What are some beautiful Greek names for a girl?

I’m going to go all contrarian like Evangelos Lolos did. Way too much antiquity here.

Special shoutout to John Salaris, who also went with two overtly modern names: Panagiota (Greek equivalent of Madonna), and Argyro “Silver”.

Those names ending in –o are particularly delicious. If they aren’t truncations of other names (Βαγγελιώ < Evangeline, Βαλάντω < Chrysovalantes, Δέσπω < Despina, Λενιώ < Helen), they are often names of precious substances or things, suffixed with an –o: Αστέρω “Star”, Διαμάντω “Diamond”, Κρυστάλλω “Crystal”, Ζαφείρω “Sapphire”, Ζαχάρω “Sugar”.

Greeks like to tell themselves they are a continuation of Ancient Greek names like Sappho. Hence spelling them with an omega. But if they were, they wouldn’t sound so decidedly hayseed, and be snobbed off by so many Greeks.

The likeliest derivation of that -o? No surprise there. Slavonic vocatives; cf. Bulgarian babo “grandmother (vocative)”, which has been borrowed into Greek as μπάμπω.

Yes, they’re a contrarian choice. But I still think they are charming.

By what process(es) do complex inflection systems form in natural languages? What influences how they form?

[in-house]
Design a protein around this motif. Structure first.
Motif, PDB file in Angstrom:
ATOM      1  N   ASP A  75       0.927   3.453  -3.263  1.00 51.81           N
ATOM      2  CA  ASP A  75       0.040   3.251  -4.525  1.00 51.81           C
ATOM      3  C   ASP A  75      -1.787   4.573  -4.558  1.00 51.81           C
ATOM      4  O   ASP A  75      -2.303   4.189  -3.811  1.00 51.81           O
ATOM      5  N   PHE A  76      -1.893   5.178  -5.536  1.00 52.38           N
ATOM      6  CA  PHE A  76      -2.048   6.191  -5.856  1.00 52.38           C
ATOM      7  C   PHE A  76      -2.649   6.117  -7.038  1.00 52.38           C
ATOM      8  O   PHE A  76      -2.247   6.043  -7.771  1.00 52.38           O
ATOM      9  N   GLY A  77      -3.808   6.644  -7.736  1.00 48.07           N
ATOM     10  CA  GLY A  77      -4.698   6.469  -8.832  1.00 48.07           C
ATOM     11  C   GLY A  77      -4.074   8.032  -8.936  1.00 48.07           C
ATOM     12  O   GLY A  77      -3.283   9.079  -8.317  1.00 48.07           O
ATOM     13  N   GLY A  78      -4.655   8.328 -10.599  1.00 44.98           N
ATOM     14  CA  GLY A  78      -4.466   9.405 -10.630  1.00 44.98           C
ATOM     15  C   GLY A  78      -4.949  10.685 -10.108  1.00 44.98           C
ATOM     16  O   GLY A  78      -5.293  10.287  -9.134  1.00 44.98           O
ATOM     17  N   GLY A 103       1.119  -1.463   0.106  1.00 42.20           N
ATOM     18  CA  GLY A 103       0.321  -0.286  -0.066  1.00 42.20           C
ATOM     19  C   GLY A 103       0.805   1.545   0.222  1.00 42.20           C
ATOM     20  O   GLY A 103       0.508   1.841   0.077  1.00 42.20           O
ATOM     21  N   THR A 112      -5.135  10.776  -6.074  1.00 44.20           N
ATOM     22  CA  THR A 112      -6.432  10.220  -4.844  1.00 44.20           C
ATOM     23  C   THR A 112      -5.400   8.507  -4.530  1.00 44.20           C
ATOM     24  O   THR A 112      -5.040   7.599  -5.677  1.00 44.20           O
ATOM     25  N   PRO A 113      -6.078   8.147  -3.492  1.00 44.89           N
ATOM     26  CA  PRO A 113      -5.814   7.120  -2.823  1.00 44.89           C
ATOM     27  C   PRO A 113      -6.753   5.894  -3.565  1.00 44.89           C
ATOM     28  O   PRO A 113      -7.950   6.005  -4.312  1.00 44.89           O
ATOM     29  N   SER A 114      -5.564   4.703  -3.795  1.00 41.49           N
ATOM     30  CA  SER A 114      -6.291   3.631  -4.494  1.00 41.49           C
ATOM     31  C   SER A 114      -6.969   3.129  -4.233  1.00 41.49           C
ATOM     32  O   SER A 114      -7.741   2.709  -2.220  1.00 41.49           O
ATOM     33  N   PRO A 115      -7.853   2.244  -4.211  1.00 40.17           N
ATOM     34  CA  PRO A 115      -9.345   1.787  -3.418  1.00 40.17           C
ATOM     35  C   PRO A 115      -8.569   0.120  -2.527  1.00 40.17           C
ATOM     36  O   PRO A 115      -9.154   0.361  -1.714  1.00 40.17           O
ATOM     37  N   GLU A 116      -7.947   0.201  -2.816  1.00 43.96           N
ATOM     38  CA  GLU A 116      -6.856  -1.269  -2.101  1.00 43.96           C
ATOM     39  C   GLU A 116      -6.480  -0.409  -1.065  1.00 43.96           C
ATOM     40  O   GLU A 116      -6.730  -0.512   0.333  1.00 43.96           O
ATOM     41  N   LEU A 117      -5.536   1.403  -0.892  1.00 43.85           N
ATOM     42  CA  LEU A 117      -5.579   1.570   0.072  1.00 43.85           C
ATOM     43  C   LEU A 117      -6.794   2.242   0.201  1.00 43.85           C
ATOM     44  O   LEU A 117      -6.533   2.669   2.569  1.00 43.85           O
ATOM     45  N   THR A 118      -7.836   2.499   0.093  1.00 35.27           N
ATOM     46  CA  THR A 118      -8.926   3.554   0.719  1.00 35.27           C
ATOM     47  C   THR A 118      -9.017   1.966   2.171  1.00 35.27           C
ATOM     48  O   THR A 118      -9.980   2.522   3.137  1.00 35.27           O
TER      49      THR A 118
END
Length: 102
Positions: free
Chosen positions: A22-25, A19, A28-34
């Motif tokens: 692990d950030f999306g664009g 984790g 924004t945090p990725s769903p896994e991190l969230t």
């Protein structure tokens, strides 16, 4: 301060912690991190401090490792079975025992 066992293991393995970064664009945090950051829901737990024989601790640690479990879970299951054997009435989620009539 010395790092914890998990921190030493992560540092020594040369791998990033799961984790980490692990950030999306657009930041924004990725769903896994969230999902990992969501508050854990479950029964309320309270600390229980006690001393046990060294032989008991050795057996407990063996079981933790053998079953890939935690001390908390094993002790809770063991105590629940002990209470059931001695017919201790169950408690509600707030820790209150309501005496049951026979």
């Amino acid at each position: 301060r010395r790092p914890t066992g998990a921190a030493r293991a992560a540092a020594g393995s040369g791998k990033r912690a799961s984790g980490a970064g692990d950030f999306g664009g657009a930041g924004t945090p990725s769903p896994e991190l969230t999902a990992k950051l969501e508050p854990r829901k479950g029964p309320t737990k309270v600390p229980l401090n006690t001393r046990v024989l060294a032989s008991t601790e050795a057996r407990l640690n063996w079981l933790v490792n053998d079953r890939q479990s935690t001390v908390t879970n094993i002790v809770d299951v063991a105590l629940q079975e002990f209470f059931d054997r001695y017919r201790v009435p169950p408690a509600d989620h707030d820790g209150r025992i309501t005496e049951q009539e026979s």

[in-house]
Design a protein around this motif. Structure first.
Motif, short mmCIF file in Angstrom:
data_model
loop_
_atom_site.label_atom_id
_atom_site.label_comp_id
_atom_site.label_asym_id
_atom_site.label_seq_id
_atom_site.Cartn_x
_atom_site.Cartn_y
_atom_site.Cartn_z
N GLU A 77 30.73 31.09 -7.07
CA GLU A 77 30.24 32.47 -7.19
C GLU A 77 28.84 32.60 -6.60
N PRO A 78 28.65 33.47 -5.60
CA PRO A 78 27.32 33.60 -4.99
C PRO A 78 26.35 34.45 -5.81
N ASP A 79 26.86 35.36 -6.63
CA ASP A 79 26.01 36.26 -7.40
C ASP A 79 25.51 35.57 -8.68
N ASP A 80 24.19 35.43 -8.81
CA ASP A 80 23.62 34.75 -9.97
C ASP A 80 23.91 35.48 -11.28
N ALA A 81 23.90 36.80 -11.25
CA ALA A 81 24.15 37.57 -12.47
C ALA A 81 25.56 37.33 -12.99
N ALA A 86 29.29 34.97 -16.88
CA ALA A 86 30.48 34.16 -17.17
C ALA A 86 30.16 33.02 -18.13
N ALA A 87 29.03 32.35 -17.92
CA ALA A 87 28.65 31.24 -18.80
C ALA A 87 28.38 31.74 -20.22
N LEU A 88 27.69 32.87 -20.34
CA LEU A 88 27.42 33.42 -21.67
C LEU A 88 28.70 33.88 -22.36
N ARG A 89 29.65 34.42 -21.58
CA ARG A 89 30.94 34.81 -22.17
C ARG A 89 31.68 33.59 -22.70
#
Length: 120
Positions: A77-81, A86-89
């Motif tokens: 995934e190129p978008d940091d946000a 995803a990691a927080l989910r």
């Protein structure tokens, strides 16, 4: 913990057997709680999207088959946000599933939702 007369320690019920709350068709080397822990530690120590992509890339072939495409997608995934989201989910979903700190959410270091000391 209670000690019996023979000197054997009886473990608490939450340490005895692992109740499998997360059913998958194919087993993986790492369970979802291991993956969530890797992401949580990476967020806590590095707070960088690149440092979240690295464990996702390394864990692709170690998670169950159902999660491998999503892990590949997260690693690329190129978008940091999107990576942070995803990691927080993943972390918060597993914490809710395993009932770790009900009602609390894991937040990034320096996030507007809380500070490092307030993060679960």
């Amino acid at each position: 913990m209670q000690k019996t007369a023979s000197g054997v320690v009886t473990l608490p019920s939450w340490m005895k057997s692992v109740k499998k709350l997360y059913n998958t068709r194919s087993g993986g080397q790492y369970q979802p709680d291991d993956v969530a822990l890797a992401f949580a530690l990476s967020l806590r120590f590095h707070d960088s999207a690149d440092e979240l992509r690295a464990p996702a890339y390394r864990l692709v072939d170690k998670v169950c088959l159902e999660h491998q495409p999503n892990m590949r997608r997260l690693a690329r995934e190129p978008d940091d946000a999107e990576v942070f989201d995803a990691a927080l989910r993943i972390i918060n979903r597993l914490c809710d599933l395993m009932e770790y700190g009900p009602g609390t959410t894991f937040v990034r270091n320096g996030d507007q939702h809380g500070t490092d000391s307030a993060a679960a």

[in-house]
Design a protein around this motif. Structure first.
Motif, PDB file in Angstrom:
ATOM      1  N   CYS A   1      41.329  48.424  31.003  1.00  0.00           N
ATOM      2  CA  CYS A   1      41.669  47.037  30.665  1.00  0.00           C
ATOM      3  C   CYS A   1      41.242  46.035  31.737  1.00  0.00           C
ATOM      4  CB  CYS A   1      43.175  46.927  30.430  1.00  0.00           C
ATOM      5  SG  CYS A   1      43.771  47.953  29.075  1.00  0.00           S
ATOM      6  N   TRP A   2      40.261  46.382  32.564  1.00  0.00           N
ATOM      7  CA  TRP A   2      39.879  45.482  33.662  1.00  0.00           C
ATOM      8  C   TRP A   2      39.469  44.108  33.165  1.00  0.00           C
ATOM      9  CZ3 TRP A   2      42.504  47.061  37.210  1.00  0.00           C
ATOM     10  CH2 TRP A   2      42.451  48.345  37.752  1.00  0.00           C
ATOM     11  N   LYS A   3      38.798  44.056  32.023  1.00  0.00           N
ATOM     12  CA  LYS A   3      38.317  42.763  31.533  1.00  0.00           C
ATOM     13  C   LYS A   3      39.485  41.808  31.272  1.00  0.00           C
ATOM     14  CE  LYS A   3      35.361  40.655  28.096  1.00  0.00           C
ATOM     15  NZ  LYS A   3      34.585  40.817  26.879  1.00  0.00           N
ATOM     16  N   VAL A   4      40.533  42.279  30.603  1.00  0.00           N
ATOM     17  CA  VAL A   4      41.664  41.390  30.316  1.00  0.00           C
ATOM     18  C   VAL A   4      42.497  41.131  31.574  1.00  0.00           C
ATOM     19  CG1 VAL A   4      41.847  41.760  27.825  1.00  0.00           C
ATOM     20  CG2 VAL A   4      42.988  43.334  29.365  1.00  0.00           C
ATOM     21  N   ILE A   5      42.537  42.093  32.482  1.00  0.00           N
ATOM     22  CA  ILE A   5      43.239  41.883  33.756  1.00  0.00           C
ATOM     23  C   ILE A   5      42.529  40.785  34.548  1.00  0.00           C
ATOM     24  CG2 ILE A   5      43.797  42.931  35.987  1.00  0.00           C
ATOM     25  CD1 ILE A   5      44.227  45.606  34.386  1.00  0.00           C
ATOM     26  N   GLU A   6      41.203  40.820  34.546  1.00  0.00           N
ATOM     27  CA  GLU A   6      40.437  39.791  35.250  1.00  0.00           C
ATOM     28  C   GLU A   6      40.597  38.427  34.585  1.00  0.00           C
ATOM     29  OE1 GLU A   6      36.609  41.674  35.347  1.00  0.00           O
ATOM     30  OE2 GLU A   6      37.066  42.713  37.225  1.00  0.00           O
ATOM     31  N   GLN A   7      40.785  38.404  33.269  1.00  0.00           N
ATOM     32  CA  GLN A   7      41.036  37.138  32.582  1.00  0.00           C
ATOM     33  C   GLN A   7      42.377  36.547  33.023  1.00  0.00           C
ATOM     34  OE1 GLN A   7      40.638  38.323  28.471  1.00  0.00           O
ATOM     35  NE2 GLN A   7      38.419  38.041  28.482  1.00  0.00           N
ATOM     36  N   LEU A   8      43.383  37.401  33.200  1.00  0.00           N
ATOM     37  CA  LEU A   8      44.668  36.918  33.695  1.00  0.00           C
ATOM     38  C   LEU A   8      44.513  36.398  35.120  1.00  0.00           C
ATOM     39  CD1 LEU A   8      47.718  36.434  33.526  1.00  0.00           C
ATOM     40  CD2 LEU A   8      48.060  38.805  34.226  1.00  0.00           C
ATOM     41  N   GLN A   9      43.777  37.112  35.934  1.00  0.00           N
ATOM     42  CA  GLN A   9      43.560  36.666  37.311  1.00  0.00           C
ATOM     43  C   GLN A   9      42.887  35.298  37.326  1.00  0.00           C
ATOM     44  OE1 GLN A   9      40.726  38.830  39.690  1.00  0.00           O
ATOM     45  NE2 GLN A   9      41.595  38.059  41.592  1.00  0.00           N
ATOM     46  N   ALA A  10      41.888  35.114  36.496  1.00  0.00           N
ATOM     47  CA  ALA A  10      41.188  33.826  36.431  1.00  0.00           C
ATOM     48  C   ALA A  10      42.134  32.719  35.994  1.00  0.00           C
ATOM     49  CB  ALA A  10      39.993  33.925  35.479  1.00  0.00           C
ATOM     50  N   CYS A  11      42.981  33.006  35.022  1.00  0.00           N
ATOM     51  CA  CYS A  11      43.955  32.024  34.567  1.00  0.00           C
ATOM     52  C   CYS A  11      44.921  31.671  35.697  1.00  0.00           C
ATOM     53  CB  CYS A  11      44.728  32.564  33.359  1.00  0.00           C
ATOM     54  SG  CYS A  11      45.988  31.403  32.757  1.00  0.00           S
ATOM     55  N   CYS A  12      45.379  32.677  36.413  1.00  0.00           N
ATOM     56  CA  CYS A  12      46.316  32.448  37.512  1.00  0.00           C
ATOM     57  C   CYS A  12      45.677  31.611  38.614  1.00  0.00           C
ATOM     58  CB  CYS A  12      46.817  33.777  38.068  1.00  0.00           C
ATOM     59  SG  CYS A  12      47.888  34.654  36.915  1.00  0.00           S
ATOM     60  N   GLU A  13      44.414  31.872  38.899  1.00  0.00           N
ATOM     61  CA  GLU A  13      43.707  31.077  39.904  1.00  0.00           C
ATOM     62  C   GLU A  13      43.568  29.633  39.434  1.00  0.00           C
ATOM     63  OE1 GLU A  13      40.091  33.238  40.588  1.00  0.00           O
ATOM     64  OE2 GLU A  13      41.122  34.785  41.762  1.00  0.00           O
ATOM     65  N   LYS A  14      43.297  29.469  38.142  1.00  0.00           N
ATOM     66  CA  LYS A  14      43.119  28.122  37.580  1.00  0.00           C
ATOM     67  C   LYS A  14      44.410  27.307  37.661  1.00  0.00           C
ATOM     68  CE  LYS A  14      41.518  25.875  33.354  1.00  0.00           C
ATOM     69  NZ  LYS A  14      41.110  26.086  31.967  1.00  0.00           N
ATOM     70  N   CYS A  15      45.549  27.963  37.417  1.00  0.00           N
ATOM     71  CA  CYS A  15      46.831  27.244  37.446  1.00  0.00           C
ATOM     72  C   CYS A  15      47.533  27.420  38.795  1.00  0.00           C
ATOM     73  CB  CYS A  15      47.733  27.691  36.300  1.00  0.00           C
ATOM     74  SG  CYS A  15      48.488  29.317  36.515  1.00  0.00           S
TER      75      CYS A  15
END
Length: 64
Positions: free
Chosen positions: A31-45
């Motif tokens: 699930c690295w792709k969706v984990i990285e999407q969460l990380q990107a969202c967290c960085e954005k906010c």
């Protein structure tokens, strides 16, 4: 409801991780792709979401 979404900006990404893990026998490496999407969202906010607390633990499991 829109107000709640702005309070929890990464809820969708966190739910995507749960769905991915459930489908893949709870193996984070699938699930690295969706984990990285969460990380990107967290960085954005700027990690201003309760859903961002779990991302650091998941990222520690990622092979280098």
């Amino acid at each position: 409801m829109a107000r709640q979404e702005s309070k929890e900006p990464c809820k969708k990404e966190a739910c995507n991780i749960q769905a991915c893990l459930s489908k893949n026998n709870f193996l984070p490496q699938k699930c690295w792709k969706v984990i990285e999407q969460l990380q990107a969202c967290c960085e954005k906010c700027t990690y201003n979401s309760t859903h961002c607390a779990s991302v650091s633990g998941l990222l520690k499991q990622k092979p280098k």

There are languages with clean, atomic, nuggety units of meaning as separate words: isolating languages like Chinese and (mostly) English.

There are languages with suffixes as well as words, where those suffixes are still, for the most part, clean, atomic, easy to detect, and easy to take apart: agglutinative languages like Turkish.

And then you have horrid messy languages, where the inflections are laborious to learn, have only the faint traces of pattern, and where an inflection suffix often ends up conveying two or three grammatical categories at once. Fusional languages. Like most of the old Indo-European languages, and most of the new Eastern Indo-European languages.

There’s a hypothetical cycle (or rather spiral) of Isolating > Agglutinative > Fusional … > Isolating.